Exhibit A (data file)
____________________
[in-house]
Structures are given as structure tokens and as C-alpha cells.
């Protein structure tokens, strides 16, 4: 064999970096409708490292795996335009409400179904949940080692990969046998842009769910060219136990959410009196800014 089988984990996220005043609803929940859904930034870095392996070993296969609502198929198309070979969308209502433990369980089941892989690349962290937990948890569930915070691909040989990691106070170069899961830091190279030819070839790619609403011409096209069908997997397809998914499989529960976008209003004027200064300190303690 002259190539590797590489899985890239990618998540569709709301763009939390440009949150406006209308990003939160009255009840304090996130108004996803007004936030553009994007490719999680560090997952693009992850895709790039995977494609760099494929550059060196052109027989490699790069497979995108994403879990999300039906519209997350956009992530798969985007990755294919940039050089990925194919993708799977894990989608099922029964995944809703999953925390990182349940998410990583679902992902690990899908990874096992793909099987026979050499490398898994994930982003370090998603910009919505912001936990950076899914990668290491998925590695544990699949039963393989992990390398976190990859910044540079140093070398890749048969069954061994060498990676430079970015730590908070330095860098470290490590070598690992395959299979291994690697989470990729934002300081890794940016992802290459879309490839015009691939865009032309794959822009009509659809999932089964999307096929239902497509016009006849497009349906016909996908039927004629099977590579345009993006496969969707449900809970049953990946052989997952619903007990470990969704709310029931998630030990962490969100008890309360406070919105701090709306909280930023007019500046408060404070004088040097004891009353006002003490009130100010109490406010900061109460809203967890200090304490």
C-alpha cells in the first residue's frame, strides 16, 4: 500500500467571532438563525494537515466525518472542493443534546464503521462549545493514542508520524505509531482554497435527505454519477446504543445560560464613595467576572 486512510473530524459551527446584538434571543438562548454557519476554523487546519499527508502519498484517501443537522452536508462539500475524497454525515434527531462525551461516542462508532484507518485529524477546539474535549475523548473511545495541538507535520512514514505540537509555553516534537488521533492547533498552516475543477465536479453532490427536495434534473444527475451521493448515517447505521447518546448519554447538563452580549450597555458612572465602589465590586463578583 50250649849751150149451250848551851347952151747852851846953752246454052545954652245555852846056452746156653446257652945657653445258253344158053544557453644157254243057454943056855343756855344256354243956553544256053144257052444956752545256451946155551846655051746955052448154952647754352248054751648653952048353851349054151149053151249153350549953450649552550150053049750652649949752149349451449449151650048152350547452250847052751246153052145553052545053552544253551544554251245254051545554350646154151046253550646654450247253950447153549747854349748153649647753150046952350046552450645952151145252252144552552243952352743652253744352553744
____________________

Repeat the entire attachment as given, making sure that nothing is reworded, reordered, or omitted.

[in-house]
Structures are given as structure tokens and as C-alpha cells.
């Protein structure tokens, strides 16, 4: 064999970096409708490292795996335009409400179904949940080692990969046998842009769910060219136990959410009196800014 089988984990996220005043609803929940859904930034870095392996070993296969609502198929198309070979969308209502433990369980089941892989690349962290937990948890569930915070691909040989990691106070170069899961830091190279030819070839790619609403011409096209069908997997397809998914499989529960976008209003004027200064300190303690 002259190539590797590489899985890239990618998540569709709301763009939390440009949150406006209308990003939160009255009840304090996130108004996803007004936030553009994007490719999680560090997952693009992850895709790039995977494609760099494929550059060196052109027989490699790069497979995108994403879990999300039906519209997350956009992530798969985007990755294919940039050089990925194919993708799977894990989608099922029964995944809703999953925390990182349940998410990583679902992902690990899908990874096992793909099987026979050499490398898994994930982003370090998603910009919505912001936990950076899914990668290491998925590695544990699949039963393989992990390398976190990859910044540079140093070398890749048969069954061994060498990676430079970015730590908070330095860098470290490590070598690992395959299979291994690697989470990729934002300081890794940016992802290459879309490839015009691939865009032309794959822009009509659809999932089964999307096929239902497509016009006849497009349906016909996908039927004629099977590579345009993006496969969707449900809970049953990946052989997952619903007990470990969704709310029931998630030990962490969100008890309360406070919105701090709306909280930023007019500046408060404070004088040097004891009353006002003490009130100010109490406010900061109460809203967890200090304490």
C-alpha cells in the first residue's frame, strides 16, 4: 500500500467571532438563525494537515466525518472542493443534546464503521462549545493514542508520524505509531482554497435527505454519477446504543445560560464613595467576572 486512510473530524459551527446584538434571543438562548454557519476554523487546519499527508502519498484517501443537522452536508462539500475524497454525515434527531462525551461516542462508532484507518485529524477546539474535549475523548473511545495541538507535520512514514505540537509555553516534537488521533492547533498552516475543477465536479453532490427536495434534473444527475451521493448515517447505521447518546448519554447538563452580549450597555458612572465602589465590586463578583 50250649849751150149451250848551851347952151747852851846953752246454052545954652245555852846056452746156653446257652945657653445258253344158053544557453644157254243057454943056855343756855344256354243956553544256053144257052444956752545256451946155551846655051746955052448154952647754352248054751648653952048353851349054151149053151249153350549953450649552550150053049750652649949752149349451449449151650048152350547452250847052751246153052145553052545053552544253551544554251245254051545554350646154151046253550646654450247253950447153549747854349748153649647753150046952350046552450645952151145252252144552552243952352743652253744352553744